Experts agree that the signs and symptoms of concussions can be classified in four distinct groups:
- Thinking and memory impairment: Anterograde amnesia, retrograde amnesia, loss of consciousness, coma, transient global amnesia; difficulty answering questions
- Sleep disturbances: Insomnia
- Emotional and/or mood instability: Irritability, sadness, mood swings
- Physical signs: Swelling headaches, blurry vision, lethargy, nausea and vomiting, loss of appetite, tinnitus, balance troubles, photosensitivity
Some people’s concussion symptoms may only appear for seconds or minutes. In other cases, a concussion survivor may present symptoms days or weeks after the concussion actually occurred.
Concussions and Children: Symptoms to Look For
Children and concussions seem to mix even worse than adults and concussions do. Most children are at an increased risk of TBI in general—they’re accident-prone, still growing, and their bodies work in unique ways. Their symptoms of head injury often look different from ours.
A child may have suffered a concussion if they are:
- Crying excessively
- Presenting out-of-character behavior
- Very tired
- Following unusual sleeping or eating patterns
Concussions in Nursing Homes and Concussions in Older Adults
Like children, the elderly face some unique risks when it comes to concussions. Seniors are more likely to experience serious complications (like brain bleeding) after a concussion. That means that extra care should be taken if an older adult is at risk of sustaining a concussion or may have sustained one already.
Older people also may have health conditions that make it difficult to pinpoint the signs of a concussion. This is why it is recommended that the elderly receive medical attention after virtually every fall.
The CDC also recommends that older adults who take blood thinners should see their doctors as soon as possible after a head injury. People who take blood thinners are generally elderly—and these medications create additional risk if a concussion occurs.
If you or somebody that you love has suffered a concussion in a nursing home, you deserve justice. A lawyer can help you defend your rights in court and fight for compensation.
Sometimes, Other Injuries Occur Along With Concussions
Many concussion victims do experience other injuries when they sustain a concussion.
Not every concussion will cause additional injuries like these, but they can indicate that someone may have experienced head trauma:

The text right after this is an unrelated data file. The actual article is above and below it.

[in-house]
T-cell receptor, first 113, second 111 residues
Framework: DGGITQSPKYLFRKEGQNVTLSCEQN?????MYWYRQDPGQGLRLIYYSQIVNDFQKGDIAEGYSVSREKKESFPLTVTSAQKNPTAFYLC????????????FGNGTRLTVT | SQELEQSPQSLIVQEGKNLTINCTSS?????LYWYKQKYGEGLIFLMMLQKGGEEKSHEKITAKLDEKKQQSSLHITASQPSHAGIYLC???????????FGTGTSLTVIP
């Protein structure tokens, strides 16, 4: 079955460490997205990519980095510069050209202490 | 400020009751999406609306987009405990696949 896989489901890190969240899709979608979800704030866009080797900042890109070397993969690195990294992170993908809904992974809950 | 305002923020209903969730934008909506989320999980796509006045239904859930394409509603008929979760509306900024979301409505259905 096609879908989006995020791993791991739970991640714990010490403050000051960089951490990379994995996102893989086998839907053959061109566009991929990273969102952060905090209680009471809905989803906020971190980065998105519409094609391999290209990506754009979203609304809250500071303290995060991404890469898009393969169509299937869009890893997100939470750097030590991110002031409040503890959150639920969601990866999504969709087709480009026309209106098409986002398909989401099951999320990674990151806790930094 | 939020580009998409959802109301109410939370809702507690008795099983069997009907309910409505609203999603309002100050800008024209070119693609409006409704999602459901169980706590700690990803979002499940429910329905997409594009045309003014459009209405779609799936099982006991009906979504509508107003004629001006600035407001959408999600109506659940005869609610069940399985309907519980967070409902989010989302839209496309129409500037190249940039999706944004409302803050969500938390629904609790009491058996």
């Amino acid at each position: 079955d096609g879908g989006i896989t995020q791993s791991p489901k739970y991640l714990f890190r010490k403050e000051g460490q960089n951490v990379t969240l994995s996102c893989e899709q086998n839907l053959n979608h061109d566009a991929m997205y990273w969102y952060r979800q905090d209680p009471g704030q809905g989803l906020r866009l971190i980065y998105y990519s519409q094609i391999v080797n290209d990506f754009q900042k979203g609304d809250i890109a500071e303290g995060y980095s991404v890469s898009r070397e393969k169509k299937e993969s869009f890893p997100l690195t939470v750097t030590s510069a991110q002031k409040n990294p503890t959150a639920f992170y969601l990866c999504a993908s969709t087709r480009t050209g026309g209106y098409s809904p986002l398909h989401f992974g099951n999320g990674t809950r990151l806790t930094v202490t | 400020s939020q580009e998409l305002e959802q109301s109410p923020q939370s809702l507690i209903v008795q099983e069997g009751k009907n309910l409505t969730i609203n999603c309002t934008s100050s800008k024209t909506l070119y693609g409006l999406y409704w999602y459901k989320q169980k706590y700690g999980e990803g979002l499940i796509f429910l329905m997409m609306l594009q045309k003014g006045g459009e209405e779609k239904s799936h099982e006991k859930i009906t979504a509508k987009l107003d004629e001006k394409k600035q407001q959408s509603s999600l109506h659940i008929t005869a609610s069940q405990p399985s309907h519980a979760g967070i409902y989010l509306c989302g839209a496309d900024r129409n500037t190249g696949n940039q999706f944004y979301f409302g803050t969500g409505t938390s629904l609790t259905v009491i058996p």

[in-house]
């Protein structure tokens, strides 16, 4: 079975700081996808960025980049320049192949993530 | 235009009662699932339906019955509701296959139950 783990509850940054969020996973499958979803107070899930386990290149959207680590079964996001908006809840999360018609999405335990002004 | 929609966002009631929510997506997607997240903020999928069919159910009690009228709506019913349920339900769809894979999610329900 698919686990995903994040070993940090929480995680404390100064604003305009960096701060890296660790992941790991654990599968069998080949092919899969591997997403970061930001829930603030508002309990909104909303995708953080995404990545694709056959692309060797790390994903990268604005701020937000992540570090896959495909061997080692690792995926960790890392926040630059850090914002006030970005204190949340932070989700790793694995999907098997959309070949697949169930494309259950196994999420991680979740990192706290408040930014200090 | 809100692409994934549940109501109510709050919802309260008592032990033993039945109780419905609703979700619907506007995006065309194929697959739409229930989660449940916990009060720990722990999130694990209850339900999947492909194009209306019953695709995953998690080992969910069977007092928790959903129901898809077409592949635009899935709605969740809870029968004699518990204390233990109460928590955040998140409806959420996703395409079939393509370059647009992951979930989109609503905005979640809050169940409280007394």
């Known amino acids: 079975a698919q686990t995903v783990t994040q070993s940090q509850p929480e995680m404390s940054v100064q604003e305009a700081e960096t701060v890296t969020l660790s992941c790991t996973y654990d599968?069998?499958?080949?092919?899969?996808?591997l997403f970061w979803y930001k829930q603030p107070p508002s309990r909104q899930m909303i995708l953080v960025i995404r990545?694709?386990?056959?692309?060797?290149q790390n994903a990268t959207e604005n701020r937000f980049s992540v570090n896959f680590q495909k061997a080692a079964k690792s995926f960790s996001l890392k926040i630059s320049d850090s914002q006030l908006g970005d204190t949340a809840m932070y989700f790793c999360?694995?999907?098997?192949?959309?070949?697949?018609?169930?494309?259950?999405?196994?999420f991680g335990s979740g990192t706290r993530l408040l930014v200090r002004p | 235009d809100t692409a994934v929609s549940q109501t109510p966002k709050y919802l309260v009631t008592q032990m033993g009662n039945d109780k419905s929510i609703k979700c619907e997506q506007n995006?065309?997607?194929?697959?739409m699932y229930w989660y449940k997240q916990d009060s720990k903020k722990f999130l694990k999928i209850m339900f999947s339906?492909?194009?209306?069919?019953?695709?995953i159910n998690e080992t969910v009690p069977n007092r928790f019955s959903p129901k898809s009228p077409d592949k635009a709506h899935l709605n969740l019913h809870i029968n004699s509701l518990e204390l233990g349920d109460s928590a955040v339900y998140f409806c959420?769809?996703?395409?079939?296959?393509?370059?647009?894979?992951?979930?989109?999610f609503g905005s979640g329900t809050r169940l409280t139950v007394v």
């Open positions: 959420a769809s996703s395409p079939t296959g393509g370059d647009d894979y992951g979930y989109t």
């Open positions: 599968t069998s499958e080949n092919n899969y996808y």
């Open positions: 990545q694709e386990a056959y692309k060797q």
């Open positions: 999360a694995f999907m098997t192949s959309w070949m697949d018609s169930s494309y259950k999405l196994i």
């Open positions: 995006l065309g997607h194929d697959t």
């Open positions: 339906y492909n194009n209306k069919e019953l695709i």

- Scalp wounds: Many concussion victims’ scalps are lacerated; they may bleed or even suffer permanent tissue damage
- Secondary concussions: If someone has already had a concussion and their brain has started to heal, they may suffer a second concussion if their brain is shaken again
- Closed injuries: These occur inside the head and are difficult to spot; hematomas, contusions to the brain, and subdural hemorrhages are all examples; these may prove fatal without prompt medical attention
How Are Concussions Diagnosed?
If someone may have a concussion, his or her doctor will approach diagnosis by:
- Assessing the patient’s history
- Determining which signs or symptoms the patient is presenting at the time
- (Possibly) ordering neurological tests, CT scans, MRIs, etc.
Some concussions’ symptoms disappear within a matter of a few weeks after injury; but, when symptoms persist for years, someone may be suffering from a condition called post-concussion syndrome (PCS).
PCS’s main symptoms include headaches, sleep problems, and depression, and anxiety.
Some concussion victims may also display cognitive problems for longer than anticipated after their injury.
- Some doctor believe that PCS is rooted in psychological factors
- Evidence has shown that our brains may suffer some structural damage during concussions that can cause longer-lasting symptoms
- Sufferers may receive pain medication or be referred to specialists to treat mental health symptoms
The Long-Term Complications of Concussions
Some people who suffer concussions face long-term consequences like:
- Problems with concentration
- Problems with memory
- Problems with balance and coordination
- Problems with judgment
- Problems sleeping
- Irritability and personality changes